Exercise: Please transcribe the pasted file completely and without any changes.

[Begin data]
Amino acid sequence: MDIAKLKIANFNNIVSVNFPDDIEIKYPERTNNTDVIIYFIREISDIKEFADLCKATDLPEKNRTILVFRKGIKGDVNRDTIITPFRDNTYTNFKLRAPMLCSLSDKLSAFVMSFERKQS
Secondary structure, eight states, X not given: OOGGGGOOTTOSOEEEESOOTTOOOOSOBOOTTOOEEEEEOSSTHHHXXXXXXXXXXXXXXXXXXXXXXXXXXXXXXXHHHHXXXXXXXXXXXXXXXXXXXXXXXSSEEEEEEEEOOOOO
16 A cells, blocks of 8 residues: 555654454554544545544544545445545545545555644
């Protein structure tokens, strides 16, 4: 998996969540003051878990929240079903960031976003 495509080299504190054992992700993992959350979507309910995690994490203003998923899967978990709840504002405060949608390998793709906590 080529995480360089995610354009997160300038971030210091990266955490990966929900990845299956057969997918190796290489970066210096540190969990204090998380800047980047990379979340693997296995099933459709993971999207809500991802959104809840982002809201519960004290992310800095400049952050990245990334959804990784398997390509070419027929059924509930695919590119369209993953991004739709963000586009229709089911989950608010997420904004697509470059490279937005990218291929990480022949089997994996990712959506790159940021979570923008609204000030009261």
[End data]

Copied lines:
Amino acid sequence: MDIAKLKIANFNNIVSVNFPDDIEIKYPERTNNTDVIIYFIREISDIKEFADLCKATDLPEKNRTILVFRKGIKGDVNRDTIITPFRDNTYTNFKLRAPMLCSLSDKLSAFVMSFERKQS
Secondary structure, eight states, X not given: OOGGGGOOTTOSOEEEESOOTTOOOOSOBOOTTOOEEEEEOSSTHHHXXXXXXXXXXXXXXXXXXXXXXXXXXXXXXXHHHHXXXXXXXXXXXXXXXXXXXXXXXSSEEEEEEEEOOOOO
16 A cells, blocks of 8 residues: 555654454554544545544544545445545545545555644
């Protein structure tokens, strides 16, 4: 998996969540003051878990929240079903960031976003 495509080299504190054992992700993992959350979507309910995690994490203003998923899967978990709840504002405060949608390998793709906590 080529995480360089995610354009997160300038971030210091990266955490990966929900990845299956057969997918190796290489970066210096540190969990204090998380800047980047990379979340693997296995099933459709993971999207809500991802959104809840982002809201519960004290992310800095400049952050990245990334959804990784398997390509070419027929059924509930695919590119369209993953991004739709963000586009229709089911989950608010997420904004697509470059490279937005990218291929990480022949089997994996990712959506790159940021979570923008609204000030009261």